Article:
Bagan, Myanmar – Part One

Bagan is one of those unique places, a place unlike anywhere else I have visited, although it is often likened to Angkor Wak in Cambodia. The Bagan archaeological zone, which an 100 square kilometre area and home to more than 2000 temples and pagodas, comprises of Nyang-U, New Bagan and Old Bagan. Each town is very different, Nyang-U being the tourist hub, New Bagan being the ‘new’ town which locals now live after being forced out of Old Bagan in the 1990s when the military government hoped to make the area into a international tourist destination (which also resulted in some bad restoration works), and Old Bagan where most of the largest and most exquisite temples can be found.

We spent our first afternoon meandering around the temples near Old Bagan, being amazed at the size and complexity of them. We were pleasantly surprised not to find too many tourists around, especially since it was the ‘peak’ season for tourism in Myanmar. However, there were many Myanmar people from places other than Bagan, who had camped there, along with their cattle, to celebrate the annual three week Ananda Pagoda Festival.

We finished our first day in Bagan with a sunset view over the Ayeyarwady River from Bu Phaya temple.
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Essentials

Getting There:
We chose to fly to Bagan rather than taking a bus. We flew from Heho airport to Nyaung-U, from where we took a taxi to Old Bagan. The taxi should cost about 8000 kyat. We flew with Air KBZ and found their service quite good. Although we were quite relieved to complete each flight unscathed, as all the aircraft, ATR 72-500s, appeared to be quite old and being Myanmar, we were not sure how well or how regularly they were serviced.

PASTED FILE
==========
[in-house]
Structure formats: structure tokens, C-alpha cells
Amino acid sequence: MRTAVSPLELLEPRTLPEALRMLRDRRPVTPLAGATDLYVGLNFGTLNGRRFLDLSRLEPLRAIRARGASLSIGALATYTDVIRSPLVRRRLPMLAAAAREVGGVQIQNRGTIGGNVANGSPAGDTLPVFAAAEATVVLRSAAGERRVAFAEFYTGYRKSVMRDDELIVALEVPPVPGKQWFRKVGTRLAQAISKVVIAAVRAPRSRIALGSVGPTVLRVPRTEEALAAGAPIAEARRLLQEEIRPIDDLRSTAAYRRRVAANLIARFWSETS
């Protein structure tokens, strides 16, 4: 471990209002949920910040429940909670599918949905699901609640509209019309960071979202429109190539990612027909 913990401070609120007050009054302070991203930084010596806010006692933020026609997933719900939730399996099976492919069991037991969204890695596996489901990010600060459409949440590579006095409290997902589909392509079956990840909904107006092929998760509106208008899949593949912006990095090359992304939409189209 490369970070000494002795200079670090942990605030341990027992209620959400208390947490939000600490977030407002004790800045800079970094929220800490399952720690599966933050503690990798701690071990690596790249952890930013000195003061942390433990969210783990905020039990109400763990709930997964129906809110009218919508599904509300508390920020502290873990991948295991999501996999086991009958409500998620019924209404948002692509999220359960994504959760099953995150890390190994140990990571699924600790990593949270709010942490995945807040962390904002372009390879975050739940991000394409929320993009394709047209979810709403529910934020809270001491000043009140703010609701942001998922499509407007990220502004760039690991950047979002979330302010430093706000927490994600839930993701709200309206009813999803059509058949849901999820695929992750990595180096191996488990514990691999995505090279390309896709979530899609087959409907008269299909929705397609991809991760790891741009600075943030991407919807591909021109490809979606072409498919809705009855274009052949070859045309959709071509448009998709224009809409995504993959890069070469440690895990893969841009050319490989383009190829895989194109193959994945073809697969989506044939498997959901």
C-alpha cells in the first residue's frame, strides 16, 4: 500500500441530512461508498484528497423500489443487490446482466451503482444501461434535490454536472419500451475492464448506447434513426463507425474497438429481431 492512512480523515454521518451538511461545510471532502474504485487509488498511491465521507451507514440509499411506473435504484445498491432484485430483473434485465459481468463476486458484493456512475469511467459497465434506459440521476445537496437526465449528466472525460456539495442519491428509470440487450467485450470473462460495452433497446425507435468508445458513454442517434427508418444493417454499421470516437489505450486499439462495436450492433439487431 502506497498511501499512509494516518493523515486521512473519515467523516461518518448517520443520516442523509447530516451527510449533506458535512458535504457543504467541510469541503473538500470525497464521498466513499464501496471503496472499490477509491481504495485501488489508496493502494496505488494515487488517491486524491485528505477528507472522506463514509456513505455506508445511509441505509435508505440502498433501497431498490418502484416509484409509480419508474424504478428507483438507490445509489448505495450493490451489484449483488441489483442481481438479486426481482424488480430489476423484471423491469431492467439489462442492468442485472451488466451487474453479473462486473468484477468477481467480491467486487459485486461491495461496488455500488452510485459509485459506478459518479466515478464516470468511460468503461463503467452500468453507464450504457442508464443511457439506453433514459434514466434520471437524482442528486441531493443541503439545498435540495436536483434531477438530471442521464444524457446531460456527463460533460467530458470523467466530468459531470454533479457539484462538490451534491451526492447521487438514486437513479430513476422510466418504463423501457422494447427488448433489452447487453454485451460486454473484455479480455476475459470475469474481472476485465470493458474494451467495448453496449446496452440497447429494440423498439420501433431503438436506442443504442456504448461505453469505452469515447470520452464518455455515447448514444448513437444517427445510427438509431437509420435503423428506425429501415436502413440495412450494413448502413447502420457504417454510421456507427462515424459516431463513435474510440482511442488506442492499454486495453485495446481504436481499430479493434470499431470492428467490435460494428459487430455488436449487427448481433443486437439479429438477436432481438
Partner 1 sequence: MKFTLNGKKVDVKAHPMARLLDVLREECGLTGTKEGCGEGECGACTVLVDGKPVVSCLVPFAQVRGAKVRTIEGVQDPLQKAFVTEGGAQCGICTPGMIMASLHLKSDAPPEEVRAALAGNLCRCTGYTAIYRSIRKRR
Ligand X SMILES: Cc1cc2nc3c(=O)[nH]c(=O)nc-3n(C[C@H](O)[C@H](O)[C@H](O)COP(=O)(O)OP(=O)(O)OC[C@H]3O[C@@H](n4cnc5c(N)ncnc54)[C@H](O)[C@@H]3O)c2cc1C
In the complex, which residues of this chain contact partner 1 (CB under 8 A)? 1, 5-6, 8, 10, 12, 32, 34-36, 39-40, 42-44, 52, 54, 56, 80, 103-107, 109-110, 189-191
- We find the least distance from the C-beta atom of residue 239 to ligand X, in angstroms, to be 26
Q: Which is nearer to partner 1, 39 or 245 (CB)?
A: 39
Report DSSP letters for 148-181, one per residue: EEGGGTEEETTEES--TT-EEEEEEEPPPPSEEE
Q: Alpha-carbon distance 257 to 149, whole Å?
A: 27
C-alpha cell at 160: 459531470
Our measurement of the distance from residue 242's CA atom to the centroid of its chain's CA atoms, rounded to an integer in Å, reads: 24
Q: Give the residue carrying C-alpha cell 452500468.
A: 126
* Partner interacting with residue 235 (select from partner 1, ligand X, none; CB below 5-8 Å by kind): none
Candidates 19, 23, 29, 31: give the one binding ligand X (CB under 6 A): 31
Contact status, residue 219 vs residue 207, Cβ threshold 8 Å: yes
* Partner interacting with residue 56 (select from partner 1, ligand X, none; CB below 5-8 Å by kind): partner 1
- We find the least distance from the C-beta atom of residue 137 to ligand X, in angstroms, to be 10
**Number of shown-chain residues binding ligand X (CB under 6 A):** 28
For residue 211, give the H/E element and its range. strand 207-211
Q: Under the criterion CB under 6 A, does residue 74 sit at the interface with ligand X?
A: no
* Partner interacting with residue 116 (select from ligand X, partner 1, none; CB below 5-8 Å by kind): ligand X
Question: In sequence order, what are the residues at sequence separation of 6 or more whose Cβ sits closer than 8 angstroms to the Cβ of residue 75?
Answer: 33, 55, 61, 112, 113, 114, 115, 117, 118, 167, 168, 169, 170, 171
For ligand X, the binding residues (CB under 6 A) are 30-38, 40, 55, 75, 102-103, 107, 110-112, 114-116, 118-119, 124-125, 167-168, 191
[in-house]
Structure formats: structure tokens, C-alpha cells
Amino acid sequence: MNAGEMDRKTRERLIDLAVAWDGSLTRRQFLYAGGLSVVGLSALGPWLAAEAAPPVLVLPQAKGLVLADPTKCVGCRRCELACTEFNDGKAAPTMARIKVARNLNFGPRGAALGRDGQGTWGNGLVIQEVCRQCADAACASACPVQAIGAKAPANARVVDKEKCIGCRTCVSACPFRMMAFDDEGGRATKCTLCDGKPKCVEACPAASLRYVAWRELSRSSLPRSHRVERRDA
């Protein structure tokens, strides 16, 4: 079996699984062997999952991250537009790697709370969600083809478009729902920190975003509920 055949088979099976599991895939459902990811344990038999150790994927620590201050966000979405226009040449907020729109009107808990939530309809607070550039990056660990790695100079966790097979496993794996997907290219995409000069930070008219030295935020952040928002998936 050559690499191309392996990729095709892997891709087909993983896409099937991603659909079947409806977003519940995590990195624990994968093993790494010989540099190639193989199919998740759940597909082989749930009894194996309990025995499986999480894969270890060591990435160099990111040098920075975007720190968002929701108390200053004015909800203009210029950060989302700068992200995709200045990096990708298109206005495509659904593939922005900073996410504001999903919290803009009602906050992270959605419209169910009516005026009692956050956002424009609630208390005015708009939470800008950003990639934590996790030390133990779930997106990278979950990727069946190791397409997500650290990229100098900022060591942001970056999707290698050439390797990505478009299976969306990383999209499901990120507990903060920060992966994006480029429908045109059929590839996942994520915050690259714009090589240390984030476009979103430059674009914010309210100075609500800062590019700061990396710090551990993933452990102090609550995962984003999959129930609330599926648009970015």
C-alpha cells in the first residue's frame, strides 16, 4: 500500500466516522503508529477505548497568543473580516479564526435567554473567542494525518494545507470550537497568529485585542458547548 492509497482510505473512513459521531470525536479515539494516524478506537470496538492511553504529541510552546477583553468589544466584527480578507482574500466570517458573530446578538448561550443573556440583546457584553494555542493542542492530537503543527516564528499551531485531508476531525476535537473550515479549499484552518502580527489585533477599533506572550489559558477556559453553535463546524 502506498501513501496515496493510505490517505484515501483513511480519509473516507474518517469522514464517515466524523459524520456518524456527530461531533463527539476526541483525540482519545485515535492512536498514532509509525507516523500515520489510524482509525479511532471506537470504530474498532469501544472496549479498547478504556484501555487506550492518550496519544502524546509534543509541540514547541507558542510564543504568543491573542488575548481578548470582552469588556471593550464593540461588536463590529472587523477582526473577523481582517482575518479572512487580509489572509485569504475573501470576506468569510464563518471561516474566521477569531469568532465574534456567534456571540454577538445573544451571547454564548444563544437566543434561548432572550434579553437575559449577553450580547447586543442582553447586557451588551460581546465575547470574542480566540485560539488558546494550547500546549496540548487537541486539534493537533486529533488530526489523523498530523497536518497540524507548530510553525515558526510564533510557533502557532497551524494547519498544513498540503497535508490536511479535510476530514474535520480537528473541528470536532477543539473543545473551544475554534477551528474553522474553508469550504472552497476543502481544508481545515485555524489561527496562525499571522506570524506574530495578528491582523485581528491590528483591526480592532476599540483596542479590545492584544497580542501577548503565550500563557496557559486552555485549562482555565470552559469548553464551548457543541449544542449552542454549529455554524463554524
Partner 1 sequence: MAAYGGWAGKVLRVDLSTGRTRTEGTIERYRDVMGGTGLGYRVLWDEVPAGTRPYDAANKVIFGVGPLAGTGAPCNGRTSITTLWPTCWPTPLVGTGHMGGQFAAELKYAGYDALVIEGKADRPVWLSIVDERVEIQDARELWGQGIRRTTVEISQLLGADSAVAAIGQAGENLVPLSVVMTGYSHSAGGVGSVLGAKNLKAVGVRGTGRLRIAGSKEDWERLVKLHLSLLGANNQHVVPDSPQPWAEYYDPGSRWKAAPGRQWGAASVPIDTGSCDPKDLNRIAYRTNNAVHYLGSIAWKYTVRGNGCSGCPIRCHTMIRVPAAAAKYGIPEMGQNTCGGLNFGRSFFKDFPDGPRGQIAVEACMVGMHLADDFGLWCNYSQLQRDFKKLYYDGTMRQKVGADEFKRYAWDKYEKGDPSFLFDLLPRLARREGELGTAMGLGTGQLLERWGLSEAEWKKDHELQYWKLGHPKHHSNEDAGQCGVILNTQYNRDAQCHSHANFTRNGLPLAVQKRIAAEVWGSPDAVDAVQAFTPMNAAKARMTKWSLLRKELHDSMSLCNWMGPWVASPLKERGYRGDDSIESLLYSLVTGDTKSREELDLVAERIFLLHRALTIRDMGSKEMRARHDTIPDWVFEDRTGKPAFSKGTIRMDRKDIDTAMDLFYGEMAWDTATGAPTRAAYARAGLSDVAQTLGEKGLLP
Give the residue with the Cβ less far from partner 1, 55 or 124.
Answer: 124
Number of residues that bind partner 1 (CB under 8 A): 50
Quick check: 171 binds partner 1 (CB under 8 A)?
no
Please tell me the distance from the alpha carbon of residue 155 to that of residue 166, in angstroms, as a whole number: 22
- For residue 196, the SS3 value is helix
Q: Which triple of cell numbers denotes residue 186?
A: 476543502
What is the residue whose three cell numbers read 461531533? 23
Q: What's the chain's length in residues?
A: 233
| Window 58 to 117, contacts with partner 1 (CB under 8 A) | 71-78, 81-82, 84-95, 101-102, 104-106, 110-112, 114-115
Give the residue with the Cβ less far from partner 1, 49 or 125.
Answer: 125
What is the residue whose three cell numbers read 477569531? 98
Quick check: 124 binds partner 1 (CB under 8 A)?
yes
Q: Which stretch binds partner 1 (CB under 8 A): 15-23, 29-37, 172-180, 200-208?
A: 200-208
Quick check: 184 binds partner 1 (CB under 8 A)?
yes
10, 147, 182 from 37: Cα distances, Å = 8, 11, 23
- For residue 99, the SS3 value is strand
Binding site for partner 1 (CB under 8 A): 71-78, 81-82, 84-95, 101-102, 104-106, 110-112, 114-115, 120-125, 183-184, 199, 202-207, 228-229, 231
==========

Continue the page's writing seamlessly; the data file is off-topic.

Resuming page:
Stay:
We stayed at the Hotel @ Tharabar Gate and thoroughly enjoyed it. Located just outside the gates to the archeological site of Old Bagan, it is conveniently located close to many of the major temples. The entire Bagan area is rather compact, so it’s not difficult to ride a bike to New Bagan or Nyaung-U either. This was our little accommodation splurg during our trip and it was well worth while – beautiful bed linen, a large sleek room and stunning bathroom, lush gardens, a stunning pool area and not forgetting the delicious breakfasts – I couldn’t get enough of the bircher museli, nor the waffles and pancakes. Everyone needs a bit of pampering once in a while, right? Deluxe rooms are US$240 per night, and suites are US$400 (we obviously got a deluxe room).

Eat:
The only pitfall of staying in Old Bagan is that there aren’t many dining options near by, unlike in New Bagan and Nyaung-U. However, we did enjoy the meals we had at our hotel (although a bit pricey by Myanmar standards – a pasta dish was about 6,000 kyat and woodfired pizzas 12,000 kyat), as well as a couple of meals we had at The Moon Vegetarian Restaurant. The Moon does an excellent guacamole served with papadums (2500 kyat) and great fresh fruit lassis (1500 kyat). They also have an array of interesting salads.

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